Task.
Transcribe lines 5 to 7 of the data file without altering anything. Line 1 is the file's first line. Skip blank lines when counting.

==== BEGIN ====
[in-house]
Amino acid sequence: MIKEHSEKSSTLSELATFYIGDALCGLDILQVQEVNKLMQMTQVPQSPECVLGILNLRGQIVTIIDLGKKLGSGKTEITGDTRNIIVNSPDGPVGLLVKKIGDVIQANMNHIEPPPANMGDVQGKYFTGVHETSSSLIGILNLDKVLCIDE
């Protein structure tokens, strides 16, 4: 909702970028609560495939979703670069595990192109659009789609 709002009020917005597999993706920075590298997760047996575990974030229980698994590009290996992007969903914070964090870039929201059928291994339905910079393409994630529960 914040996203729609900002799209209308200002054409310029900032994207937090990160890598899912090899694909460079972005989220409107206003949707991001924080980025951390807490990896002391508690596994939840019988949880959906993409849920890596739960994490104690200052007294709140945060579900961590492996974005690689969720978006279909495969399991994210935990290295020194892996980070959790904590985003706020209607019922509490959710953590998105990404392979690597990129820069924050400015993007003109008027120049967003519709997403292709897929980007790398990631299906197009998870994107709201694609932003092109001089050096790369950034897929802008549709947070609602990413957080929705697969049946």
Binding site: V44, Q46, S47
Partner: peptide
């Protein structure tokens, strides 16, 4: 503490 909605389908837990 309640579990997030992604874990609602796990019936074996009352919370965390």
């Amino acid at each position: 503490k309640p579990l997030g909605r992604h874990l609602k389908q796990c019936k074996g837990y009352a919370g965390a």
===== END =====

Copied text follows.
Partner: peptide
């Protein structure tokens, strides 16, 4: 503490 909605389908837990 309640579990997030992604874990609602796990019936074996009352919370965390």
């Amino acid at each position: 503490k309640p579990l997030g909605r992604h874990l609602k389908q796990c019936k074996g837990y009352a919370g965390a």